Development of optical diagnostics for quantitative imaging of evaporating fuel films and soot in combustion

Spray impingement and the resulting non-evaporated liquid fuel films are main causes of soot formation in gasoline direct-injection (GDI) engines. This work presents an experimental investigation of liquid fuel-film formation and evaporation, and fuel-film premixed-flame interaction at conditions representative for engines. Two experimental campaigns were conducted at IFPEN (France) and the University of Duisburg-Essen (UDE, Germany).
The experiments at IFPEN were performed in a constant-volume vessel. One of the 8-hole “Spray G” injectors from the Engine Combustion Network (ECN) was used, with a transparent plate mounted perpendicular to the injector axis at 30 mm from the nozzle. A fuel surrogate consisting of 30% toluene - 70% iso-octane was injected at 200 bar, under non-reacting and reacting conditions. UV-absorption imaging and diffused back-illumination (DBI) techniques were used to measure liquid-fuel film thickness and soot extinction, respectively. Since vapor and liquid cannot be distinguished spectrally, morphological post-processing was developed to separate the diffuse, moving vapor and soot clouds from the sharp, stationary features of the fuel film. Spatio-temporally resolved measurements of the film thickness were obtained by high-speed imaging of the UV absorption of toluene. DBI images at 810 nm provided information on soot formation due to film/flame interaction and its spatial distribution at different oxygen excess percentages.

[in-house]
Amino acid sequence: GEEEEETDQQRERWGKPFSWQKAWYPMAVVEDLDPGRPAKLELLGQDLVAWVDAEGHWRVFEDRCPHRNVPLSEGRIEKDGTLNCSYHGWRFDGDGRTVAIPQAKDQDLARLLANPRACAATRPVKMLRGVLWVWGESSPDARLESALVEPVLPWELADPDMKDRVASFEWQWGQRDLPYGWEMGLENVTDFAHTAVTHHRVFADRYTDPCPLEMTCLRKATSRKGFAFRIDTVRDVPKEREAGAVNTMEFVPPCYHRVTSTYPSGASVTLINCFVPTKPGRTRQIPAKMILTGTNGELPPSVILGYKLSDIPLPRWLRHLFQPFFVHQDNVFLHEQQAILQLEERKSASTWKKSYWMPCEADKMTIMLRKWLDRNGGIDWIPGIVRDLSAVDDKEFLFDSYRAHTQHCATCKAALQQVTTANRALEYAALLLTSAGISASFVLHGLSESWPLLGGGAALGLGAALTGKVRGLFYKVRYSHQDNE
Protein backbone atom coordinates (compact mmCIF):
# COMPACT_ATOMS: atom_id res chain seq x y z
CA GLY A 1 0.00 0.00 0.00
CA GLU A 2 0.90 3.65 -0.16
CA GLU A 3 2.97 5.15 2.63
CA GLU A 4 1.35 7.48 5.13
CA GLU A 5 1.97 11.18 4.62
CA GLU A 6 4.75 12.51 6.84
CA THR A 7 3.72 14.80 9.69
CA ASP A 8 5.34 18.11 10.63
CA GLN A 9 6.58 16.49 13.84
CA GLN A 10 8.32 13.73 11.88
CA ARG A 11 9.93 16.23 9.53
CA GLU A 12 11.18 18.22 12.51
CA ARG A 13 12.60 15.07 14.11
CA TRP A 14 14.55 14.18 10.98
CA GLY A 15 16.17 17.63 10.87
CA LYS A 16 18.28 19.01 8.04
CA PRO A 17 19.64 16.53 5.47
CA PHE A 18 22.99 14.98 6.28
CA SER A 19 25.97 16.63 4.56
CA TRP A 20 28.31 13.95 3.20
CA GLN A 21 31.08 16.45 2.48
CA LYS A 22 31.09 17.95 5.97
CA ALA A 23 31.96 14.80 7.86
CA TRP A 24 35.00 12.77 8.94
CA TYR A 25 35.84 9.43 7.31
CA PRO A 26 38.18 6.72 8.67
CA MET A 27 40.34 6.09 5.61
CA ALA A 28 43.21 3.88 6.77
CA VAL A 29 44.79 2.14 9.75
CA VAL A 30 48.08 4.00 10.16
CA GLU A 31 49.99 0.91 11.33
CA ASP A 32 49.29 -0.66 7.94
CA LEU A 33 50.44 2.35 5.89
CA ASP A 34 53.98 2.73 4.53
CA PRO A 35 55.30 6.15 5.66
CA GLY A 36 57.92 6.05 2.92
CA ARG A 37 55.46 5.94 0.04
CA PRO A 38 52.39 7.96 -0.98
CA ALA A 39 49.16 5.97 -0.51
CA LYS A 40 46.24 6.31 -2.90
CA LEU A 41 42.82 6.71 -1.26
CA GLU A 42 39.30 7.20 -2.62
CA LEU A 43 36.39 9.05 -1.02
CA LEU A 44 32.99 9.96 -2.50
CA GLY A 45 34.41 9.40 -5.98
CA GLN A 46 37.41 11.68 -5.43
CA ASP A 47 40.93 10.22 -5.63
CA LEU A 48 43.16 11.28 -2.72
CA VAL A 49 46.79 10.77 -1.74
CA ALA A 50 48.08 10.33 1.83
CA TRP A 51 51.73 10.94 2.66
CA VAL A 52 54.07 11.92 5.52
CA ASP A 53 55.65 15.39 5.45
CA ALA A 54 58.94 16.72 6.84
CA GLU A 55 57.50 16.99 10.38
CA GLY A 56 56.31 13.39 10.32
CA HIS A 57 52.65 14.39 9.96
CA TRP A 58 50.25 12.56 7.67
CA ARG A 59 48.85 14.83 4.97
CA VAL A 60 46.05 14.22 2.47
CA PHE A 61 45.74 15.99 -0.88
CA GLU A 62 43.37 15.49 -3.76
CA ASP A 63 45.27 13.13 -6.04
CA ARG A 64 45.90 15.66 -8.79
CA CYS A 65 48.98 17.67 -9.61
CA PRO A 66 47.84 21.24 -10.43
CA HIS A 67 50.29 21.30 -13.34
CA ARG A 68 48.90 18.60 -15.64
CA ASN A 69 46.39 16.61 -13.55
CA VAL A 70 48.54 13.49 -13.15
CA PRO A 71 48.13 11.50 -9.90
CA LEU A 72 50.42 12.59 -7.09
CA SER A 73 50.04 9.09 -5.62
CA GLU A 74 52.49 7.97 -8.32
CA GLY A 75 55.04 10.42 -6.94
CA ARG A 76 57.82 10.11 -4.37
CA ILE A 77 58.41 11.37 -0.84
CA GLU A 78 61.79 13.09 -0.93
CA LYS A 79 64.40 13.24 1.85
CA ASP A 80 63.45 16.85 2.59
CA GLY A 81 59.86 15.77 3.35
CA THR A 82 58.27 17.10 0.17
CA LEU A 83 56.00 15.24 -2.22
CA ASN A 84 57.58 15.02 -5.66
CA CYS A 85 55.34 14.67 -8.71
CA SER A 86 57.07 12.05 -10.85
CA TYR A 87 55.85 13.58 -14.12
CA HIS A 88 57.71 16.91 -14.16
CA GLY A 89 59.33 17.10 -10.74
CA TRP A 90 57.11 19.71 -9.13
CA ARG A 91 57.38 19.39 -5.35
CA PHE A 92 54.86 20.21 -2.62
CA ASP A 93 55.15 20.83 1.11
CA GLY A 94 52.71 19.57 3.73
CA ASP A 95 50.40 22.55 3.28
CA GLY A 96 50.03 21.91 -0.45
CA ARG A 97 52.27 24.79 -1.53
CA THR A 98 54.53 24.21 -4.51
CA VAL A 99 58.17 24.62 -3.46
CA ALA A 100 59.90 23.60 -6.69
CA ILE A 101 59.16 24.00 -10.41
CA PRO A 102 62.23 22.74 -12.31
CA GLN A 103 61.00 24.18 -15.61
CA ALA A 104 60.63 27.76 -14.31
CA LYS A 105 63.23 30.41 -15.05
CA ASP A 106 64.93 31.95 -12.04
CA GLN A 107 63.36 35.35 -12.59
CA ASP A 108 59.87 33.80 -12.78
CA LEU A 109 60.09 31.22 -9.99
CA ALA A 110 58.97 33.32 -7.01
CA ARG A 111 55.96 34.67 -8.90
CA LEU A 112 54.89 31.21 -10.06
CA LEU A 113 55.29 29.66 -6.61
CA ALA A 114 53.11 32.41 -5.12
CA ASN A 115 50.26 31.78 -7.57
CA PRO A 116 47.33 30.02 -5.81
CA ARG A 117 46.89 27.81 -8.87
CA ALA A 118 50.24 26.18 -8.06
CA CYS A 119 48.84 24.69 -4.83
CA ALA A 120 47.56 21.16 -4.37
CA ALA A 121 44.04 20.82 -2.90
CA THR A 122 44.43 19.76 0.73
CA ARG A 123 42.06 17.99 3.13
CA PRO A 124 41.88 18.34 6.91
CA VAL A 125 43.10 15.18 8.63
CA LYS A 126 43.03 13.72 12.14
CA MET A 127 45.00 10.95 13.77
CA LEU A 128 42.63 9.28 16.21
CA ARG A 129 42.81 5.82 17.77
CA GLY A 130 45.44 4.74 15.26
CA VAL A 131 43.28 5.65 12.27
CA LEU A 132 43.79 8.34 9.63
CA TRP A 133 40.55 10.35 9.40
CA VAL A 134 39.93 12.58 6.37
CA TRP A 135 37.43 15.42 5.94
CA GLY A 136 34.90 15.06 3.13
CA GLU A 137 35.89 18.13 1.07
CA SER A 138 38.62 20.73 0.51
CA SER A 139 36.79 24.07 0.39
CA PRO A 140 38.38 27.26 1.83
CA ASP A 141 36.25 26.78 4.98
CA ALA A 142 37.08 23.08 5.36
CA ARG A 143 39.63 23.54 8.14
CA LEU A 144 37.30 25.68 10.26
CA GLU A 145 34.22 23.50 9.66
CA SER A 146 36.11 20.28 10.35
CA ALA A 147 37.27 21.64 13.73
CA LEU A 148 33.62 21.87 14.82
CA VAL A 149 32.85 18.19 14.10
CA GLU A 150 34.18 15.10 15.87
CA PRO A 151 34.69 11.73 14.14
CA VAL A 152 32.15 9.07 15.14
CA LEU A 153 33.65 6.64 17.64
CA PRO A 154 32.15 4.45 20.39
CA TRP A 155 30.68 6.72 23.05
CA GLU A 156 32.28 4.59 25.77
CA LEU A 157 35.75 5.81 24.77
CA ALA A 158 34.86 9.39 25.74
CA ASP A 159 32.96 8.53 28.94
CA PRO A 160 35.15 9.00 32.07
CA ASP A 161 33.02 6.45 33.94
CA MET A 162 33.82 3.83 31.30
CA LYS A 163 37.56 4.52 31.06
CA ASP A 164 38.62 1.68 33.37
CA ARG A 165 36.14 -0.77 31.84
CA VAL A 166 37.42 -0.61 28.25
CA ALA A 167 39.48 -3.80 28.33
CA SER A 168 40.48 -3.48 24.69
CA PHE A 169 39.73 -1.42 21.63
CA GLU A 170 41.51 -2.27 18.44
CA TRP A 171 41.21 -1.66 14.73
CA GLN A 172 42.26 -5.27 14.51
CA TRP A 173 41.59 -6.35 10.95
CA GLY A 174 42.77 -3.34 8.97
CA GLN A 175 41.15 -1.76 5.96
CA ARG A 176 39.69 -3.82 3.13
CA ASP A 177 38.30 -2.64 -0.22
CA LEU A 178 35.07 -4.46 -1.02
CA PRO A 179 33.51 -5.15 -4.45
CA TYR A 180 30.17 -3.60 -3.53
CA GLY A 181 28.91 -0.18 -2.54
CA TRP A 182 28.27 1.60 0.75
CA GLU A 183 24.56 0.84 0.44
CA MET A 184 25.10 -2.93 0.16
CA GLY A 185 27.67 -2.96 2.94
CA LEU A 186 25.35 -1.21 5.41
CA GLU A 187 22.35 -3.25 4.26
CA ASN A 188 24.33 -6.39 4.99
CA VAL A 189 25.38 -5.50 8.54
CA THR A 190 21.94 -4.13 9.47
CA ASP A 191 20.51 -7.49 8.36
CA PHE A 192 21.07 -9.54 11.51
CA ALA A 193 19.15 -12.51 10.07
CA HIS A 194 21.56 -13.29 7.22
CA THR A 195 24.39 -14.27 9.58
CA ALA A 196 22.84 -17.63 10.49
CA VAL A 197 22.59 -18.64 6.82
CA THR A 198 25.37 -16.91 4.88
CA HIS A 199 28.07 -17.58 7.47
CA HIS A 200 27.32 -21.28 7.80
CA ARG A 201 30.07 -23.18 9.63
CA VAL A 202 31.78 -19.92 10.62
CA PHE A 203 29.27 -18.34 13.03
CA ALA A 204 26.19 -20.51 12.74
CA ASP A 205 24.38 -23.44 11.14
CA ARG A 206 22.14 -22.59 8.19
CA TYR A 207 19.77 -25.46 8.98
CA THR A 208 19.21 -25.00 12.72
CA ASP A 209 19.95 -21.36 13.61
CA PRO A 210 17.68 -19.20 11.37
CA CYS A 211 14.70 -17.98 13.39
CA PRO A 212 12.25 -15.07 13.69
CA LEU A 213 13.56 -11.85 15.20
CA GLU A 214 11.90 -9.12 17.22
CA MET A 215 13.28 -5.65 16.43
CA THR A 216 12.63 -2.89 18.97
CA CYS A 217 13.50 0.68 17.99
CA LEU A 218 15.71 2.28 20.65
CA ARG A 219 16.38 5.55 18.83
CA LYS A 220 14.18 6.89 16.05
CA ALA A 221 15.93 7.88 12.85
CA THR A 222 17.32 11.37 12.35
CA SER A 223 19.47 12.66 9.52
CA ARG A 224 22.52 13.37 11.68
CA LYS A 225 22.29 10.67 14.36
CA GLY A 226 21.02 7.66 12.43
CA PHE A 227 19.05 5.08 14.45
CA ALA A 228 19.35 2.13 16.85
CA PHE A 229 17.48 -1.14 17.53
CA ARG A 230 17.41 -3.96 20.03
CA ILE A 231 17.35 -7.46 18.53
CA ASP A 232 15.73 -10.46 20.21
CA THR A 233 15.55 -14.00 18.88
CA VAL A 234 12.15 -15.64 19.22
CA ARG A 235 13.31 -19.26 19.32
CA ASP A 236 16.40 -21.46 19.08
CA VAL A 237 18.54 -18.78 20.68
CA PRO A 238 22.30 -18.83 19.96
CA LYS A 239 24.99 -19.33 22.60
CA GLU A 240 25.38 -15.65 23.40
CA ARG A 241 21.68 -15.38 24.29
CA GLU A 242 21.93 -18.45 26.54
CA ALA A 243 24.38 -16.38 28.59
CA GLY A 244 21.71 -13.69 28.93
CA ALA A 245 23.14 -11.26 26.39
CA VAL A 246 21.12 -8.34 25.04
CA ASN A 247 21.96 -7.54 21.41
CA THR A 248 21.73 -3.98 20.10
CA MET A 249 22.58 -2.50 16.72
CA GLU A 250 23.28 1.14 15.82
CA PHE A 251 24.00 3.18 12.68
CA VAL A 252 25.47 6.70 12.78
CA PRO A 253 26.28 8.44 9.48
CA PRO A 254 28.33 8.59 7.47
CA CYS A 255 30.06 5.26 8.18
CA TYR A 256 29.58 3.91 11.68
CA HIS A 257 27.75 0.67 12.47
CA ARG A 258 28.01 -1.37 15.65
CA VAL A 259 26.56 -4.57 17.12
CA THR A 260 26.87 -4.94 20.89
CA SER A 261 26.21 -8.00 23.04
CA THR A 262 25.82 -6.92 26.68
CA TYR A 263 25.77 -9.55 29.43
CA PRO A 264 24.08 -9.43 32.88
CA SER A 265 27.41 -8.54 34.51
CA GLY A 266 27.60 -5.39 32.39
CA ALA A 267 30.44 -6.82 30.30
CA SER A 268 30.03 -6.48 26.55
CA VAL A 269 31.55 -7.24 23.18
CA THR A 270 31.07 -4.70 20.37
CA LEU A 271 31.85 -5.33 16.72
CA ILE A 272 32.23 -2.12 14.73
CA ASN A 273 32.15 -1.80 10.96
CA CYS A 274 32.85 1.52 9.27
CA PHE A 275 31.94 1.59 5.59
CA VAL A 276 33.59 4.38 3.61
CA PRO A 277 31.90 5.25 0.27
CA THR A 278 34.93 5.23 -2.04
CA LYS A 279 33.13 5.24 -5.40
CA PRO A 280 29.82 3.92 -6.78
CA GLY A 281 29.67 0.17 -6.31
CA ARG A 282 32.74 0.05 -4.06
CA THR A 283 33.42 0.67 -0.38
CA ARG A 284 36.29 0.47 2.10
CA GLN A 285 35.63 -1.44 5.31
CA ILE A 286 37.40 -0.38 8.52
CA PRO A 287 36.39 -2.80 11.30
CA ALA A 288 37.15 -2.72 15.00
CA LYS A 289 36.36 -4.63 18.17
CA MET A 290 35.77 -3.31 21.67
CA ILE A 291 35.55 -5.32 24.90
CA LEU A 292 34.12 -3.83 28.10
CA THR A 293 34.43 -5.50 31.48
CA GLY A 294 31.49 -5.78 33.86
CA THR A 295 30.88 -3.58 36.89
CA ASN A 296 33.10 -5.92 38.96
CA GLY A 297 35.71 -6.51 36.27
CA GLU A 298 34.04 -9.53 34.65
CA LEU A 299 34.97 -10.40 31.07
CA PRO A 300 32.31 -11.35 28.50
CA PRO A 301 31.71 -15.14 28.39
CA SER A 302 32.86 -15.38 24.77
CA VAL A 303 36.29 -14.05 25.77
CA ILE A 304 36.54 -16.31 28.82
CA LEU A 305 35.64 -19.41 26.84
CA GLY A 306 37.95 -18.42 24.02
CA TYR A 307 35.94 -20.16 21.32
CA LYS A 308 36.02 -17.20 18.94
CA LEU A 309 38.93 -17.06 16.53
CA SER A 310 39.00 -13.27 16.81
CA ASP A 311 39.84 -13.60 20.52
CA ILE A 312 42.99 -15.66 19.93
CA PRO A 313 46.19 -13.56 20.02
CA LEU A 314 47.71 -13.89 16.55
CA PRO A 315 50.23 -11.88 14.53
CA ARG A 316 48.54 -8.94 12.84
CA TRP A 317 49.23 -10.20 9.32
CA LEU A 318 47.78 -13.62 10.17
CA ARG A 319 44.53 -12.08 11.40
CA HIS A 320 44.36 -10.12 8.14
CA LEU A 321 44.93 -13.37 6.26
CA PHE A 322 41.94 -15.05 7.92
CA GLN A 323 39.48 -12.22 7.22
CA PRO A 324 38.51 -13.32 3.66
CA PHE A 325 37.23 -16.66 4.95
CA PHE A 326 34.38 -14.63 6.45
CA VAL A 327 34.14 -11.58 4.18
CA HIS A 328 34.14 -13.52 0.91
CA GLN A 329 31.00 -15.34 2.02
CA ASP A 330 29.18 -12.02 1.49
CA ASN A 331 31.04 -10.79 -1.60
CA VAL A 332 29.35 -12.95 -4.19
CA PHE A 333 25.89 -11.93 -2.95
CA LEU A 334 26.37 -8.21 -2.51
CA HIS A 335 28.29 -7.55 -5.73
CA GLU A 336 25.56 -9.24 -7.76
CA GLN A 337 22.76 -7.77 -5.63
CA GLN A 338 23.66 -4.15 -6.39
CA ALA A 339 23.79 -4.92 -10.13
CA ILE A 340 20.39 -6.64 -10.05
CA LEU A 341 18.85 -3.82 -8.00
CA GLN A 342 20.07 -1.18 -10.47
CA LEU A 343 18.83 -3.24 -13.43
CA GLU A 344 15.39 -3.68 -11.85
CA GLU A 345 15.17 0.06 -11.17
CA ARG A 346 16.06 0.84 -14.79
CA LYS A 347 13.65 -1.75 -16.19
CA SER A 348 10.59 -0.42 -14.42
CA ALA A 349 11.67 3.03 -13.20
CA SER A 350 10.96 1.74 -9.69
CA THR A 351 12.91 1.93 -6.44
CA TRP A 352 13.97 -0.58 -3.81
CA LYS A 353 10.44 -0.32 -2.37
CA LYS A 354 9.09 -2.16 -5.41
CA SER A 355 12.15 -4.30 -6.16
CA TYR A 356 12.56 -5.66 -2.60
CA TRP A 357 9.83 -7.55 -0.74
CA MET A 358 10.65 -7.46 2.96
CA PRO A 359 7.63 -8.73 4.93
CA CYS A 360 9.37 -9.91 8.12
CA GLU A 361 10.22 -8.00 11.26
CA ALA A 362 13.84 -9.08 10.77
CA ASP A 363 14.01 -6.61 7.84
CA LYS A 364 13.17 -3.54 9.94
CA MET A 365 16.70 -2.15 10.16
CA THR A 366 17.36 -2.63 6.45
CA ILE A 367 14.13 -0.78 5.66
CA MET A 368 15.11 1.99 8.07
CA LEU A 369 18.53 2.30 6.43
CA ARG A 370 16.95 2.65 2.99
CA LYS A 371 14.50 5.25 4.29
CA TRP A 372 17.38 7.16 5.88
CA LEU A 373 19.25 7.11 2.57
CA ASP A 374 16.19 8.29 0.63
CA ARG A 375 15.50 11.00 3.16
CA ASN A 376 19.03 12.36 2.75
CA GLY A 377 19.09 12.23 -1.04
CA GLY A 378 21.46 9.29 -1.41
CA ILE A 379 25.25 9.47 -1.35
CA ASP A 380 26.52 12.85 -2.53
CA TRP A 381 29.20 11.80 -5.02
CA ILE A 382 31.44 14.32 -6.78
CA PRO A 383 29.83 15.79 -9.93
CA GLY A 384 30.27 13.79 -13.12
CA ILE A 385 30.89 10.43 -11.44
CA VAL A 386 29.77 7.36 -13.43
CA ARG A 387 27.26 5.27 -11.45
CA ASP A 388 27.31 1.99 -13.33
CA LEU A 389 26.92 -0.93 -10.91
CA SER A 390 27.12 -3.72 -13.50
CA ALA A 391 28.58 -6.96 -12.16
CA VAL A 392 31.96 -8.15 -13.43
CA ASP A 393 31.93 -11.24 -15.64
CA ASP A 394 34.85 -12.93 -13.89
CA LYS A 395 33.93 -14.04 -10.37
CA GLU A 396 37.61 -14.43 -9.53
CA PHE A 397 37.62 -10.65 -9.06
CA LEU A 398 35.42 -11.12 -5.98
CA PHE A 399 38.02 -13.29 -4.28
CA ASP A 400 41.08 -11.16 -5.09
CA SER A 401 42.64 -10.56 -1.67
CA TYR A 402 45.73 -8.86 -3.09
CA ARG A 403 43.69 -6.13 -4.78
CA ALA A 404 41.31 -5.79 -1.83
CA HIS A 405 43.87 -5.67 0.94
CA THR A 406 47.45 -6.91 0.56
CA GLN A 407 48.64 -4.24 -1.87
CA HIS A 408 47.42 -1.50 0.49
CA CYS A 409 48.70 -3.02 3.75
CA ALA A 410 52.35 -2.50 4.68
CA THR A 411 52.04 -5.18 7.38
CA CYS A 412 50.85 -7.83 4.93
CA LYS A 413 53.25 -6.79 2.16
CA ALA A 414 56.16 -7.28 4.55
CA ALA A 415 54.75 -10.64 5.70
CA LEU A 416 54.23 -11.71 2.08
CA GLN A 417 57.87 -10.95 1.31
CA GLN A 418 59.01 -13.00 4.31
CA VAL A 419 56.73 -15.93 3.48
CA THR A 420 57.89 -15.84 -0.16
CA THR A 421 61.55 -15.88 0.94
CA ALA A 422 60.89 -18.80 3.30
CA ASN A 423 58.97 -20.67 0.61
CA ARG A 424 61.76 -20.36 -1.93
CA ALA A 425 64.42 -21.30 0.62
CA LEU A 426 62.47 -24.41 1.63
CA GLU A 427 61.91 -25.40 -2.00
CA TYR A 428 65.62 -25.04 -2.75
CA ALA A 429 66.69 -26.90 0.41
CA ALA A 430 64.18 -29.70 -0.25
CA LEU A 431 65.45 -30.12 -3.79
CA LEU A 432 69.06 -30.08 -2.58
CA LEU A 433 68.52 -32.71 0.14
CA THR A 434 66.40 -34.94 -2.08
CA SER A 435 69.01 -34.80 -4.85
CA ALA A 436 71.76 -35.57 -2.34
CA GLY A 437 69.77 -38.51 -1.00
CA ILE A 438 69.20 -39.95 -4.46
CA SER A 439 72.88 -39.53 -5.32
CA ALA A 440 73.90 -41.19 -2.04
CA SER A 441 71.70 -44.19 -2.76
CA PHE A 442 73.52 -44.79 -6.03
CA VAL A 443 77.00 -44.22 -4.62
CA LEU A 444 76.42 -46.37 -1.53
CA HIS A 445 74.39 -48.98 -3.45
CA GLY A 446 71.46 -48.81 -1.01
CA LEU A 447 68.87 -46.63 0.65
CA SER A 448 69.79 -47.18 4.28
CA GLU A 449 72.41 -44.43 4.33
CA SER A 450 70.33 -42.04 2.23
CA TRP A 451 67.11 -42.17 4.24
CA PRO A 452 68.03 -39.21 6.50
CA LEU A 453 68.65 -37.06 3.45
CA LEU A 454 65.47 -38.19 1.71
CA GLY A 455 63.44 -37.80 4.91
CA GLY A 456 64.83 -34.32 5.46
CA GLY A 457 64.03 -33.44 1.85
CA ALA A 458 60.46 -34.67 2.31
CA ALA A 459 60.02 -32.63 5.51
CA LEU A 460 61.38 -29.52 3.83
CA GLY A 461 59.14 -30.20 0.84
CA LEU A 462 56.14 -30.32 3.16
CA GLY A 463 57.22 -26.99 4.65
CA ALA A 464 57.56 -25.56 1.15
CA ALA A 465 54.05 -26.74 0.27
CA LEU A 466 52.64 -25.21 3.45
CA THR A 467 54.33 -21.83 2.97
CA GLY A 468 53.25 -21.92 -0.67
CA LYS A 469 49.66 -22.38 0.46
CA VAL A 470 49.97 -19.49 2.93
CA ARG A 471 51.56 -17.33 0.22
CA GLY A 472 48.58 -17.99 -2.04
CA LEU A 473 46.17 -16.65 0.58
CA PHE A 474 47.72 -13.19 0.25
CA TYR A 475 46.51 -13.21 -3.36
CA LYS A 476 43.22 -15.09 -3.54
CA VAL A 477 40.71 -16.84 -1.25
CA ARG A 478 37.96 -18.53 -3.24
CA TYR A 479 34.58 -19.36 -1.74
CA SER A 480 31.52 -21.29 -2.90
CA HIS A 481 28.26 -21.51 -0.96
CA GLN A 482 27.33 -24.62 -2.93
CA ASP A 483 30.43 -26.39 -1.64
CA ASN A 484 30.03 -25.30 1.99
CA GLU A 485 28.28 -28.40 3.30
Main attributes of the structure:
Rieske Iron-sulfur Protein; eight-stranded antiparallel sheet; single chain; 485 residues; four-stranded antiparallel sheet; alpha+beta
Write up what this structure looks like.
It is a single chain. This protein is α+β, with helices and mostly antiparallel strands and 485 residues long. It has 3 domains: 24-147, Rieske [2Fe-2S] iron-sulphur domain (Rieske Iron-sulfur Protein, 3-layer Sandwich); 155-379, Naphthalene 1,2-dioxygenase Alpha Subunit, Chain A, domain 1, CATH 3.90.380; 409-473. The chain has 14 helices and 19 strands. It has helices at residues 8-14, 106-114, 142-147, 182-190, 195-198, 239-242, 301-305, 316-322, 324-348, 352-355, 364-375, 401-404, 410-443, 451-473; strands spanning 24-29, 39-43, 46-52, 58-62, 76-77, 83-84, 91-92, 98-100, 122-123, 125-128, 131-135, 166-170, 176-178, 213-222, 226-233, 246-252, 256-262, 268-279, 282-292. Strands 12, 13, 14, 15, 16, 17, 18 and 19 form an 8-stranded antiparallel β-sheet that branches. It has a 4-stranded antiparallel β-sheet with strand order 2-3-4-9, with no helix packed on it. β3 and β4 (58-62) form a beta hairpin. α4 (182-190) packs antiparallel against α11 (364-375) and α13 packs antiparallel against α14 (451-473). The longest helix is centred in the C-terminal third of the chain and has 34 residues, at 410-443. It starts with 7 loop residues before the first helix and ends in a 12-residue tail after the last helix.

At the UDE, a UV-vis absorption technique was developed to image the fuel-film thickness after direct injection in a heated constant-flow facility in the presence of fuel-vapor and soot. A six-hole GDI injector sprayed fuel at 100 bar onto a transparent plate 30 mm from the nozzle. The gas and wall temperatures were respectively 103 and 79°C, and the gas pressure 1 bar. Another fuel surrogate consisted of a mixture of 30% toluene - 60% iso-octane - 10% n-octane (boiling points 110, 99 and 125°C, respectively) was also used. Absorption by toluene vapor was estimated similarly as at IFPEN. The contributions of scattering and soot extinction at 265 nm were estimated from absorbance images at 310, 365, and 520 nm. Soot incandescence was accounted from dark frame images. The multi-spectral approach permitted obtaining spatio-temporally resolved fuel-film thickness measurements and additional information on the soot.



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